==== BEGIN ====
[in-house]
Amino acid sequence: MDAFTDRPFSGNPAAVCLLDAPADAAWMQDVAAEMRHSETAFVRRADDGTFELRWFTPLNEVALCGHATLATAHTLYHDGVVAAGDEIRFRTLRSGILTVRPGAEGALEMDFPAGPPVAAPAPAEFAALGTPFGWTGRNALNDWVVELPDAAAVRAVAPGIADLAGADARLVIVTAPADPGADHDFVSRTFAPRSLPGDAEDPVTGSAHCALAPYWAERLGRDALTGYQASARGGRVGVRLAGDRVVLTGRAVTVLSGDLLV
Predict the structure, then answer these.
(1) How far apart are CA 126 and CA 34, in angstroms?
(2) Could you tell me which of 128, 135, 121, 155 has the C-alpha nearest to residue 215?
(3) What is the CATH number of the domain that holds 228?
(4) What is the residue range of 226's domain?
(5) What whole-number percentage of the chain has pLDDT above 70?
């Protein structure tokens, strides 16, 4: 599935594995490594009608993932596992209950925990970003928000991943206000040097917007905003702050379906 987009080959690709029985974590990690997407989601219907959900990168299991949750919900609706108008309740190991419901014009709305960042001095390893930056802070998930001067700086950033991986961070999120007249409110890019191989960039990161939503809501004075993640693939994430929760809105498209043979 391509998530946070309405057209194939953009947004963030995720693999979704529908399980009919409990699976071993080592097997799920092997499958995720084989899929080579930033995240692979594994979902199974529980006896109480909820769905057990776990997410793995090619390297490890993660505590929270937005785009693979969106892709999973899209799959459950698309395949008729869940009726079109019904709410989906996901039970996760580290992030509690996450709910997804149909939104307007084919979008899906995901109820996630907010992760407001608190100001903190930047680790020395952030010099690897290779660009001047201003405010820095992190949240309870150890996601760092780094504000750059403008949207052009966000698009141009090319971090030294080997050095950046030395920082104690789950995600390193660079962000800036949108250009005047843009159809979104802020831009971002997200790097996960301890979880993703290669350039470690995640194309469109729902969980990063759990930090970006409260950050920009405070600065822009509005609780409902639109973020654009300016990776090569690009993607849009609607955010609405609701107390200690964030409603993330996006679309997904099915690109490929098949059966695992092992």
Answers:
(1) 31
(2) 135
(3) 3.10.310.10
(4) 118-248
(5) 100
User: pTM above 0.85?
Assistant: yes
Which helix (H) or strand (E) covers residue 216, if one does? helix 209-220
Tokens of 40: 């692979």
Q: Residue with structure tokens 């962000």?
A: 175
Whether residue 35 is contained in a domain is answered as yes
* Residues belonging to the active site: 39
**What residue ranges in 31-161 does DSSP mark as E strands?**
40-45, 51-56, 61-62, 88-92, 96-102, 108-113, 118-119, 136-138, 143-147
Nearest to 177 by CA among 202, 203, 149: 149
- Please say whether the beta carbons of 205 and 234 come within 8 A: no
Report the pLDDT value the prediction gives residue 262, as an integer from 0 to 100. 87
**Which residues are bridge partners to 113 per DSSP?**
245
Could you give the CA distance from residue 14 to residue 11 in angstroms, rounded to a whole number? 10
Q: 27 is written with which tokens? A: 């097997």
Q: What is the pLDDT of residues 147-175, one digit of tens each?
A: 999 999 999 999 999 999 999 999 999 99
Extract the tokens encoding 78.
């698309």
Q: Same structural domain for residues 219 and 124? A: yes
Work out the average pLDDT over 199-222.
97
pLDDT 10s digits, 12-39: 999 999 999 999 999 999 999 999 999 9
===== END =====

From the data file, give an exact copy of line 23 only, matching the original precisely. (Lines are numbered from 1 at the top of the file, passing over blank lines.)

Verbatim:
* Residues belonging to the active site: 39